"Once a model and now a mother of two, Emma has little life of her own. When her husband David is invited t
Margaret Drabble’s early novels (all sadly out of print) are a lot of fun to read. Think Iris Murdoch, but slimmer novels and with less philosophical pretensions. They’re usually about bright, independent girls who are just out of Oxford and finding their way in Swinging Sixties London and whose lives are filled with poetry readings, coffee bars, and complicated love affairs with unsuitable men. Try A Summer Birdcage, The Millstone, or the one I read most recently, The Garrick Year, an acid ...more
Jul 26, 2008 Jim rated it liked it
Had the name "Margaret Drabble" not been used once in a Monty Python skit I would not have looked twice at any of her novels. To her credit, she is a gifted writer. Her prose is eloquent with being condescending. This particular book is filled with self-involved characters, all of whom are less than likable. My other qualm is that the protagonist's turnaround at the conclusion felt rushed and somewhat unrealistic. Still, the work is unerringly British and penned so flawlessly that it was worth ...more
Dec 12, 2013 Marike rated it really liked it
I quite enjoyed The Garrick Year, although the idea of a young mother embarking on an affair made me feel a bit uncomfortable (before even moralising about it - having small children myself I can't think where she digged out the energy for that!). Although I did not particularly like Emma Evans, I could associate with her feelings about motherhood. This was my first Margaret Drabble read, and I liked her style. I look forward to reading more of her books.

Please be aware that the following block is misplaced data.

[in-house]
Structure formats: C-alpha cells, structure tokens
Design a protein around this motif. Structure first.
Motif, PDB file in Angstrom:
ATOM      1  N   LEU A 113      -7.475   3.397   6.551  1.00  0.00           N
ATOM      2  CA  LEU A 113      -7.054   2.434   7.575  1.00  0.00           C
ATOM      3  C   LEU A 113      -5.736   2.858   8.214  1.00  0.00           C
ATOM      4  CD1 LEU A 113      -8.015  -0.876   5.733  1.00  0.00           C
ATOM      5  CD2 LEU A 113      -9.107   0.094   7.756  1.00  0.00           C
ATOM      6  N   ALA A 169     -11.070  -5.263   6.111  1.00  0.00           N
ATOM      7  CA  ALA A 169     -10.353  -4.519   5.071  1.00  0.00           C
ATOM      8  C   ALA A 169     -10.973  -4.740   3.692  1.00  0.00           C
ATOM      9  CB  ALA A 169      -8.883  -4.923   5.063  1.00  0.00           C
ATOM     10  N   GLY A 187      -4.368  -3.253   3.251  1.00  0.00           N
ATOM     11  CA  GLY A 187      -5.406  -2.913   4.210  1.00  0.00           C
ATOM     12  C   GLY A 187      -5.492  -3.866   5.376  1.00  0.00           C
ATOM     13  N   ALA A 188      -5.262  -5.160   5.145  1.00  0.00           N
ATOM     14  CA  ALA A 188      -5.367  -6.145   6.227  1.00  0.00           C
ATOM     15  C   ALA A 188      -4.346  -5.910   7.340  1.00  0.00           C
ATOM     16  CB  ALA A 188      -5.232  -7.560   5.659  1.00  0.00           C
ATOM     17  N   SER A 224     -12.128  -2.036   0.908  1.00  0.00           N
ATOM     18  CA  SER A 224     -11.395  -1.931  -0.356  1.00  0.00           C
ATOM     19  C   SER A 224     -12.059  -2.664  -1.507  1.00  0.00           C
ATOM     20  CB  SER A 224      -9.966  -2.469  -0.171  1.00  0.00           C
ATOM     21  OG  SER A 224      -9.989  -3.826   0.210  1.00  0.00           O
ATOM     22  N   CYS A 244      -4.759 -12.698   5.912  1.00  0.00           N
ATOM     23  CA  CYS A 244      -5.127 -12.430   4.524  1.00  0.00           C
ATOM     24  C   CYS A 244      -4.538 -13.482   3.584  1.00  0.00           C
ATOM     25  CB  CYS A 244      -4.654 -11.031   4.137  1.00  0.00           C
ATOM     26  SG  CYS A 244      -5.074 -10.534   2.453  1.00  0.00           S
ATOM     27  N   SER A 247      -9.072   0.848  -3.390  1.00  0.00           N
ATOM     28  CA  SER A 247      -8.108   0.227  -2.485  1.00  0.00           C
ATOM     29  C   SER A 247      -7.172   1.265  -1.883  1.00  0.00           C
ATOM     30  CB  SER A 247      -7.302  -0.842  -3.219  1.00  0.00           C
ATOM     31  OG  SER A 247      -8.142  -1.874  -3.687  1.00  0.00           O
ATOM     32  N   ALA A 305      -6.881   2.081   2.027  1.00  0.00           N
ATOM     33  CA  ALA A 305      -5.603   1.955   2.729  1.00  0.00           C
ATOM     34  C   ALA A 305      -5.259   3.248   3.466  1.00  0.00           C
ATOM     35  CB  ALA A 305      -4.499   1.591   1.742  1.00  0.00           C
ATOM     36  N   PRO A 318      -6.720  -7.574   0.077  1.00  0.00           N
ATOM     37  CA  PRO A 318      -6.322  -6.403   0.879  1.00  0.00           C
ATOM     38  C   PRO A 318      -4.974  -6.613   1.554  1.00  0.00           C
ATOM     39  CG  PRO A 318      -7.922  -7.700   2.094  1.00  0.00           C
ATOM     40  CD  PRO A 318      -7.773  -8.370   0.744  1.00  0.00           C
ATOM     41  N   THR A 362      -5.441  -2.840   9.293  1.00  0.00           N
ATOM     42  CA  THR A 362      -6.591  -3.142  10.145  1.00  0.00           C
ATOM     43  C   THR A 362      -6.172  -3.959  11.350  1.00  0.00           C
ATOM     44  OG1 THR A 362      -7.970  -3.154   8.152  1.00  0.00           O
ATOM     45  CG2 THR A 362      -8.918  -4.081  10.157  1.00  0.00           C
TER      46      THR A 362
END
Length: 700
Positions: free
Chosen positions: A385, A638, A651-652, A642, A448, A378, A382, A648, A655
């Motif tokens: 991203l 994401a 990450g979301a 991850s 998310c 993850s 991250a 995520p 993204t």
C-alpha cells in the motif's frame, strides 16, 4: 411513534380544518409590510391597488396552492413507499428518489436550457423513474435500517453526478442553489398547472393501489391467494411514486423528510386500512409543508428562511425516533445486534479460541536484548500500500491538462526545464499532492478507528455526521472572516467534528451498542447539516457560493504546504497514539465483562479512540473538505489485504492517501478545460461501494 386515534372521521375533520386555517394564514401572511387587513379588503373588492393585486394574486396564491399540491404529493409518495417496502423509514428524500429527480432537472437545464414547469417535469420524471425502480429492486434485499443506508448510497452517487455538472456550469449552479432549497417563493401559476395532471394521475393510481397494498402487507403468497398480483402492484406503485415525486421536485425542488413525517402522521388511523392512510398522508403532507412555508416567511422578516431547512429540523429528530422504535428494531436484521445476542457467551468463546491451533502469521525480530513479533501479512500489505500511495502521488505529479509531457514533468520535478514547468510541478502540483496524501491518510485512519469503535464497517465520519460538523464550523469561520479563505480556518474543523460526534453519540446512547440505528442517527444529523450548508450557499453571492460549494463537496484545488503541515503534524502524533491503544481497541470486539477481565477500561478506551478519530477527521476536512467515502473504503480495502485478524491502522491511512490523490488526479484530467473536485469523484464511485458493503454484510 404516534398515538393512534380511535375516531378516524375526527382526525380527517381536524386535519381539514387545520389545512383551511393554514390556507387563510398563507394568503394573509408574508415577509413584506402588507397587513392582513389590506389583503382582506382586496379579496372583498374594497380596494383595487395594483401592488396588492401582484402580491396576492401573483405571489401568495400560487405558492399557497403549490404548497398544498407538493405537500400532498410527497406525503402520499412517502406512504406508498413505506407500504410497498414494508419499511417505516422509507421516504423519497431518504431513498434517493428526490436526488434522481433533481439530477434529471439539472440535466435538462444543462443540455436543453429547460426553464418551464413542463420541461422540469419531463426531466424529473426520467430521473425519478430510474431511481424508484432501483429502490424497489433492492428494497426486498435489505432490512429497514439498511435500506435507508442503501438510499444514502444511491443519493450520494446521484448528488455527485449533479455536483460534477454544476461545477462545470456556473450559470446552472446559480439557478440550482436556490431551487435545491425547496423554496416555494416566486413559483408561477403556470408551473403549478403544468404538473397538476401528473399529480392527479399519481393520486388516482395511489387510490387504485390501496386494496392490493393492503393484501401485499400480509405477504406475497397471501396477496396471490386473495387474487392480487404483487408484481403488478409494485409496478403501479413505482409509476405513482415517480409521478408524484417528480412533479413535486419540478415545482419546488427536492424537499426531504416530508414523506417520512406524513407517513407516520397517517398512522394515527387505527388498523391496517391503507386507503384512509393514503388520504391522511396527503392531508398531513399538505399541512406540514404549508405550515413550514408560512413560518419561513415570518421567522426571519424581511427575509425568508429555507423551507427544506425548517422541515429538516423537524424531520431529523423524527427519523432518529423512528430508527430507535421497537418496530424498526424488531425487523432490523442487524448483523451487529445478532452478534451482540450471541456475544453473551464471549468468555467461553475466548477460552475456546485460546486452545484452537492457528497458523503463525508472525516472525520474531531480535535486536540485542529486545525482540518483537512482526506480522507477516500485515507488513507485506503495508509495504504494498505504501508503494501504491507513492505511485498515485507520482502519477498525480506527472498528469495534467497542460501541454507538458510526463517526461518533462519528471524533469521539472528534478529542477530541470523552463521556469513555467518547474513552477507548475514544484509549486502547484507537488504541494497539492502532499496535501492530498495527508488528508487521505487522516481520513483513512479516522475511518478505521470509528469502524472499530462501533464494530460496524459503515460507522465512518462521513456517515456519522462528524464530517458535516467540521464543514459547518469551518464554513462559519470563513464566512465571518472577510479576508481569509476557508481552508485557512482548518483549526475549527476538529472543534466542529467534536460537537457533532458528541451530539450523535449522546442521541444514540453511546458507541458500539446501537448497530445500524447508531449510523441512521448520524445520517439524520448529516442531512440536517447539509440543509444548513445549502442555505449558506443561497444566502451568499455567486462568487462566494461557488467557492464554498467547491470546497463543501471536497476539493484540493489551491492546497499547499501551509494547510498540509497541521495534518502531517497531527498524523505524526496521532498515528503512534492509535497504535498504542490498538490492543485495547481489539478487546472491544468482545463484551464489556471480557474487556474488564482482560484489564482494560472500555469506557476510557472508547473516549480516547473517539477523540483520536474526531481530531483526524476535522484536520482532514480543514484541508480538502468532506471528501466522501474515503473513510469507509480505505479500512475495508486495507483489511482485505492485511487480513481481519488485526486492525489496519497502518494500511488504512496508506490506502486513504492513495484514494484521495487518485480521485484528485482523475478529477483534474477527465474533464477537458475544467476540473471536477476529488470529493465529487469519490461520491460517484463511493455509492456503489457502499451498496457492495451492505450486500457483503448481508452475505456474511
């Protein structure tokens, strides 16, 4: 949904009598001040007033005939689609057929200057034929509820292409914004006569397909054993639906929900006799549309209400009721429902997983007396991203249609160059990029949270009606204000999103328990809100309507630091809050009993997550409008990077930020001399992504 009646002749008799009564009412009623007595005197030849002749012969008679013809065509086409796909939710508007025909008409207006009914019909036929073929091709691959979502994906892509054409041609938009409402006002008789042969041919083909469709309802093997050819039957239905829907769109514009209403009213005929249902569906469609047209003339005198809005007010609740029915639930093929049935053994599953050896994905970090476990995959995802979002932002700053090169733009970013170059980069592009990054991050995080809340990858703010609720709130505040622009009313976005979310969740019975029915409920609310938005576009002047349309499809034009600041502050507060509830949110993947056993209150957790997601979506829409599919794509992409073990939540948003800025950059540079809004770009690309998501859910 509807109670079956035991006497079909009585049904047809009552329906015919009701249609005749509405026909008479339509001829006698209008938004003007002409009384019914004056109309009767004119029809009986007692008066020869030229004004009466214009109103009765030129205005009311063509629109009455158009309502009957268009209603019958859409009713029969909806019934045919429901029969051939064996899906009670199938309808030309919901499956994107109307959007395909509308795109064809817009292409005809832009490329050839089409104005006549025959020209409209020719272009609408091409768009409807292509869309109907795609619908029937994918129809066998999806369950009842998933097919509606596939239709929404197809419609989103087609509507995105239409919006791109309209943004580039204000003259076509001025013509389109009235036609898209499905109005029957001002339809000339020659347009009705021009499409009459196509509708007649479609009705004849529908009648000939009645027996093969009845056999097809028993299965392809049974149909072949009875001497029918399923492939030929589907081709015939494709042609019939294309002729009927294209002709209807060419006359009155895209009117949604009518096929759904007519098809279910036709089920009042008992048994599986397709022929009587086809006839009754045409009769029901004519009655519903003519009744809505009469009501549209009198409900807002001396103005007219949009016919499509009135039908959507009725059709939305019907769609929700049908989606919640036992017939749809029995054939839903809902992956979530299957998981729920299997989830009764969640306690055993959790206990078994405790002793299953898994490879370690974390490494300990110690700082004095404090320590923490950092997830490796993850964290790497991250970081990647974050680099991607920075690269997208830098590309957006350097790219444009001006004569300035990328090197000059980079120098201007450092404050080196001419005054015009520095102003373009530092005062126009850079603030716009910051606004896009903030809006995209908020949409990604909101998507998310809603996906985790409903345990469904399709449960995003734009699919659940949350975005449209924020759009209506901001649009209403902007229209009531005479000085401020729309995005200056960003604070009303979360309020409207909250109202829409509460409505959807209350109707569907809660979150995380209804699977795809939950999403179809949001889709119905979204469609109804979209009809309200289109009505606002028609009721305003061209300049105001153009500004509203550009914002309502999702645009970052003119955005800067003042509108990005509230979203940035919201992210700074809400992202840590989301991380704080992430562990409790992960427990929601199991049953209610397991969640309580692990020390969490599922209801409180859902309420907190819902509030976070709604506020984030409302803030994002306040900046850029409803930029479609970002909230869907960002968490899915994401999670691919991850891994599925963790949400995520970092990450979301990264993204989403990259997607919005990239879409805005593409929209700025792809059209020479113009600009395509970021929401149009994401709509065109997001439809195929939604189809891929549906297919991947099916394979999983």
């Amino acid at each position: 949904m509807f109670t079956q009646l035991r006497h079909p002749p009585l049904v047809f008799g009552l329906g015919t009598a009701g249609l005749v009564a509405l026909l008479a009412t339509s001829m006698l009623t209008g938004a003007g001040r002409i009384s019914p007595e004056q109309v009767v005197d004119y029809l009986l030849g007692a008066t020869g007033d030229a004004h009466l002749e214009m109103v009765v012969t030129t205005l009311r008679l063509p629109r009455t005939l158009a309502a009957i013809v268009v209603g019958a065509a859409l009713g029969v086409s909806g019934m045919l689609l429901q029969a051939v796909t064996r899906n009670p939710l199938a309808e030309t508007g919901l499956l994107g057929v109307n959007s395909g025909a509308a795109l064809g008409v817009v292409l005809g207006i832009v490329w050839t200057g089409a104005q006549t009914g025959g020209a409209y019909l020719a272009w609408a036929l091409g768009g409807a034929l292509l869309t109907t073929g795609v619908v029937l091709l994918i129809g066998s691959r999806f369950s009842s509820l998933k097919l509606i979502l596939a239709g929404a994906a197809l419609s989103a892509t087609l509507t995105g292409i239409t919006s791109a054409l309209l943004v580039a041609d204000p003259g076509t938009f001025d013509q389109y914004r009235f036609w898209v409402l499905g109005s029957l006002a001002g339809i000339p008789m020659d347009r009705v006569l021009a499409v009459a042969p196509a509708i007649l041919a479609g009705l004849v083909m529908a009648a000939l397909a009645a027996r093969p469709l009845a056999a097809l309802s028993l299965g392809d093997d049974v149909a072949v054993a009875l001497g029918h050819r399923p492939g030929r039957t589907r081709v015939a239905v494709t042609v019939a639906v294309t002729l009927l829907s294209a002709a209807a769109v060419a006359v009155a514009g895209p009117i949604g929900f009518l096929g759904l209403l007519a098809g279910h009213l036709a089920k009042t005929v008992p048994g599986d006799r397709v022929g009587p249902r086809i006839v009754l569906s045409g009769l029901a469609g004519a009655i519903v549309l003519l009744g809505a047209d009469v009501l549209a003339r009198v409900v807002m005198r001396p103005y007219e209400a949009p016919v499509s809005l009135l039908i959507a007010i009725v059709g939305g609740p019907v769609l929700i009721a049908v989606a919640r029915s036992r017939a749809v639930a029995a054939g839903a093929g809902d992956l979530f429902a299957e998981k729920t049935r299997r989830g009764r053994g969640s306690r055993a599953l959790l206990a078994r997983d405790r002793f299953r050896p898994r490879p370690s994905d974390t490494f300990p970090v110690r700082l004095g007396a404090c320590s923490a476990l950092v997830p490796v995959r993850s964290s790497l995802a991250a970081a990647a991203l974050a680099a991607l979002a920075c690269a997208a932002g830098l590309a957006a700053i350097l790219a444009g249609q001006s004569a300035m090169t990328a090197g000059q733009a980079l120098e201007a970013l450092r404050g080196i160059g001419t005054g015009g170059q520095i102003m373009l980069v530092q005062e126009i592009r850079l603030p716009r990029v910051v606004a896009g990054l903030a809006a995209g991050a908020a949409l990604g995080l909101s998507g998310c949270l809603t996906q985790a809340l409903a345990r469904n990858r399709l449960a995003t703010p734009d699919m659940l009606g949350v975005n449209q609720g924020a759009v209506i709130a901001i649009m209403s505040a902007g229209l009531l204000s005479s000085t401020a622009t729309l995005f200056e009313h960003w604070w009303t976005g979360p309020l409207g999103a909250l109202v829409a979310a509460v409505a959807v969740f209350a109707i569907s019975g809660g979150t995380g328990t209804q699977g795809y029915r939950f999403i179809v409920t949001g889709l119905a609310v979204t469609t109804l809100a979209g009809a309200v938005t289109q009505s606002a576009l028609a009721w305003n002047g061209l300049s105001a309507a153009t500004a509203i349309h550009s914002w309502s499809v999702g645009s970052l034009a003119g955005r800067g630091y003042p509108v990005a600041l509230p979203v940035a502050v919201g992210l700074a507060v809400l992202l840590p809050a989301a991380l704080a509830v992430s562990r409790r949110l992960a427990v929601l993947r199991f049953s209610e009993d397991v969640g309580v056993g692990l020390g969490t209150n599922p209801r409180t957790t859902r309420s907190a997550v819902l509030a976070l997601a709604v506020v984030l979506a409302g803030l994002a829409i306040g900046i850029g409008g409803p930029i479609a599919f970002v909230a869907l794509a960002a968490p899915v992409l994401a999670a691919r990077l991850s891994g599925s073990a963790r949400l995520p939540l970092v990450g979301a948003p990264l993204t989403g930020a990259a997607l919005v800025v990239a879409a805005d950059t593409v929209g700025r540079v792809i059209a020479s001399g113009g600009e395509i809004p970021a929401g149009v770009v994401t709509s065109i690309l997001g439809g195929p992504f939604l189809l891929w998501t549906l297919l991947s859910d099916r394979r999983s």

Mar 20, 2016 Kc rated it really liked it
I read this book after hearing about it in a collection of essays by New Yorker editor Roger Angell. It's a wonderful character study about actors and the theater and gives you real, though complex people to wonder about and want to know better.
Mar 18, 2010 Matthew rated it really liked it
A nice response to all the Angry Young Man books. The narrator is intensely difficult to like, which is odd because the story's set up for you to feel completely bad for her. The ending's maybe a little too symbolic, but otherwise it's worth reading.
Oct 24, 2012 Rhonda rated it it was amazing
One of those books that prove that characters don't have to be likeable... Beautifully written and incredibly perceptive, a must-read for all married women with young kids (and anyone who wants to understand them!)
Gail rated it really liked it
Oct 21, 2009
Sara rated it it was ok
Jul 12, 2012
Lgkaupk rated it it was ok
Oct 30, 2011
Ellie rated it it was amazing
Jan 03, 2011
Kristi rated it really liked it
Jun 19, 2009
James Magruder
James Magruder rated it it was amazing
Dec 09, 2009
Kathy Henderson
Kathy Henderson rated it it was amazing
Feb 16, 2014
Emma Ward
Emma Ward rated it it was amazing
Oct 28, 2015
Oct 30, 2010 Nettie rated it did not like it
Honestly, this was just about a cranky woman who didn't get any less cranky. Couldn't finish it.
Deirdre O'Brien
Deirdre O'Brien rated it it was ok
Feb 21, 2016
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Dame Margaret Drabble was born in Sheffield in 1939 and was educated at Newnham College, Cambridge. She is the author of eighteen novels including A Summer Bird-Cage, The Millstone, The Peppered Moth, The Red Queen, The Sea Lady and most recently, the highly acclaimed The Pure Gold Baby. She has also written biographies, screenplays and was the editor of the Oxford Companion to English Literature. ...more